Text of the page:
Qatar’s S’hail Holding Group donates $10,000 for Ethiopia’s Nile dam GERD

Ahram Online , Saturday 14 Aug 2021

The GERD has been a file of paramount importance to Egypt and Sudan for a decade now due to the threat it imposes on their water securities

GERD
File Photo: the Grand Ethiopian Renaissance Dam. REUTERS

The Qatar-based S’hail Holding Group has donated $10,000 for the Grand Ethiopian Renaissance Dam (GERD), Ethiopian News Agency (ENA) reported on Saturday.

The ENA’s report, which cited a statement by Ethiopia’s Ministry of Foreign Affairs, added on Saturday that Business Development Director of S’hail holding group Hassan Al Samadi handed over the donation to Ethiopia’s Ambassador in Doha Samia Zekaria. 

"General Manager of the Qatari holding group thanked Ethiopia’s embassy ​​in Qatar for its continued support in its investment in Ethiopia," the news agency said.

S’hail Holding Group is currently constructing a factory of battery recycling and processing in Debre Birhan town of Amhara Region, according to ENA.

The Qatari holding group is considered one of the leading establishments in Qatar active in supplying and exporting processed ferrous and non-ferrous metals products and industrial final products.

The GERD has been an issue of paramount importance to downstream Egypt and Sudan for a decade now due to the threat it imposes on their water securities. 

The two downstream countries have been negotiating with Ethiopia for ten years to reach a comprehensive and legally binding agreement on the filling and operation of the GERD, which Addis Ababa has been building on the Blue Nile since 2011, but to no avail as the upstream country rather seeks mere guidelines that can be modified any time at its discretion.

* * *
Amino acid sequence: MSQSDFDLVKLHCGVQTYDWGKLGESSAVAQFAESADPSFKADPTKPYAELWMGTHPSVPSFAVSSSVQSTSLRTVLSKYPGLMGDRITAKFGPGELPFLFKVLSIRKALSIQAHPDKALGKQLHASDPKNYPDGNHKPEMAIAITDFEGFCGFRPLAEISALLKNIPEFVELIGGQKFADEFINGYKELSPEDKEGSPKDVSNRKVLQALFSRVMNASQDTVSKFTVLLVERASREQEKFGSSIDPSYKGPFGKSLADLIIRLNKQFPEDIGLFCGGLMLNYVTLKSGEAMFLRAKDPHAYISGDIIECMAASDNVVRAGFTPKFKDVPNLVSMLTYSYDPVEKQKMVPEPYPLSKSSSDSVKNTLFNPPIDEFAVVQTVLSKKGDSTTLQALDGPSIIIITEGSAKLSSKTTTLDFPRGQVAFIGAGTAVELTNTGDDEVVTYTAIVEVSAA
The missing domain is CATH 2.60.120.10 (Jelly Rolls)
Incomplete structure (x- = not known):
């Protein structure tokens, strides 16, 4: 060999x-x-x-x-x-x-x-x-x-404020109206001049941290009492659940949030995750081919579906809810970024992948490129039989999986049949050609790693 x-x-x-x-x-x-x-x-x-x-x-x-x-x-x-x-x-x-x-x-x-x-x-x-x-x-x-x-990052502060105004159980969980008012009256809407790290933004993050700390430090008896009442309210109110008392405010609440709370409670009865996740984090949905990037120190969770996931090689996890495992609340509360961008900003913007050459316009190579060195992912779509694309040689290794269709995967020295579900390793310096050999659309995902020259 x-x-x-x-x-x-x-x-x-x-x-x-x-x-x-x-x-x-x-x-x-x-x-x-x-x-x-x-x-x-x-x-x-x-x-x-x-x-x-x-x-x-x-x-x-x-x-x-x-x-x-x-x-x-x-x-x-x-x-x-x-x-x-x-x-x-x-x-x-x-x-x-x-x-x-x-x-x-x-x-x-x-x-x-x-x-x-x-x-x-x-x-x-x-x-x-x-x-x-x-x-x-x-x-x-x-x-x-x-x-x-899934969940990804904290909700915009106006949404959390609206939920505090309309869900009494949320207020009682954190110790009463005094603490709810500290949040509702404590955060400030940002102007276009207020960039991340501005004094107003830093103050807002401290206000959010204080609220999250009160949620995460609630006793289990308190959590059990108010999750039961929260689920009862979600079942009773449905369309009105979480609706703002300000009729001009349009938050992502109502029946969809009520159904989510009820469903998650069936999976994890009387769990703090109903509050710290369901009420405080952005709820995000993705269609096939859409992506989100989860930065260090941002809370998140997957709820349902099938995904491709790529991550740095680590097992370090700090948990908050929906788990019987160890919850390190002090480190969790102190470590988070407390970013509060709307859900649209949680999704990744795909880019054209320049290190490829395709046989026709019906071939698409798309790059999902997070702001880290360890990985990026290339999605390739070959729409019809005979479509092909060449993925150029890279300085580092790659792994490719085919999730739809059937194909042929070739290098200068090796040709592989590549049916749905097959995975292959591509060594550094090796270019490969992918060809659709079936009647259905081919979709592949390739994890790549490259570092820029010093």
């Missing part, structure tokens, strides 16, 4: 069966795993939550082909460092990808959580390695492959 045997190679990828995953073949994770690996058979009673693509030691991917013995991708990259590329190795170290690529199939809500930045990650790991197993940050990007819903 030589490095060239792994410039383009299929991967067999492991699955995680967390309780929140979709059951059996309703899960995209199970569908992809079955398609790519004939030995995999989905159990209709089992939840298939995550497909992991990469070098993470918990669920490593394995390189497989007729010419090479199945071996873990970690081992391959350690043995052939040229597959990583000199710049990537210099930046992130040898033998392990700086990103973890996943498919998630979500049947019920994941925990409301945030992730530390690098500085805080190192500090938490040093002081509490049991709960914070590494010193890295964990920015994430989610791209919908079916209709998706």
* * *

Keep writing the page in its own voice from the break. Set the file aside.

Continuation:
Last month, the UN Security Council held a session on the GERD in an attempt to settle the dispute over the near-complete dam but has not succeeded so far to achieve any progress. Also, the latest round of African Union-brokered talks held in Kinshasa in April stalled.

Egypt, which relies on the world’s longest river for more than 95 percent of its renewable water resources, fears that the unilateral filling and operation of the massive hydropower project will significantly diminish its water supply, which at 560 cm per person annually is already well below the international threshold for water scarcity.

Egypt is considered one of the most water-scarce countries in the world, as it receives around 60 bcm annually — mainly from the River Nile — though its needs stand at around 114 bcm.

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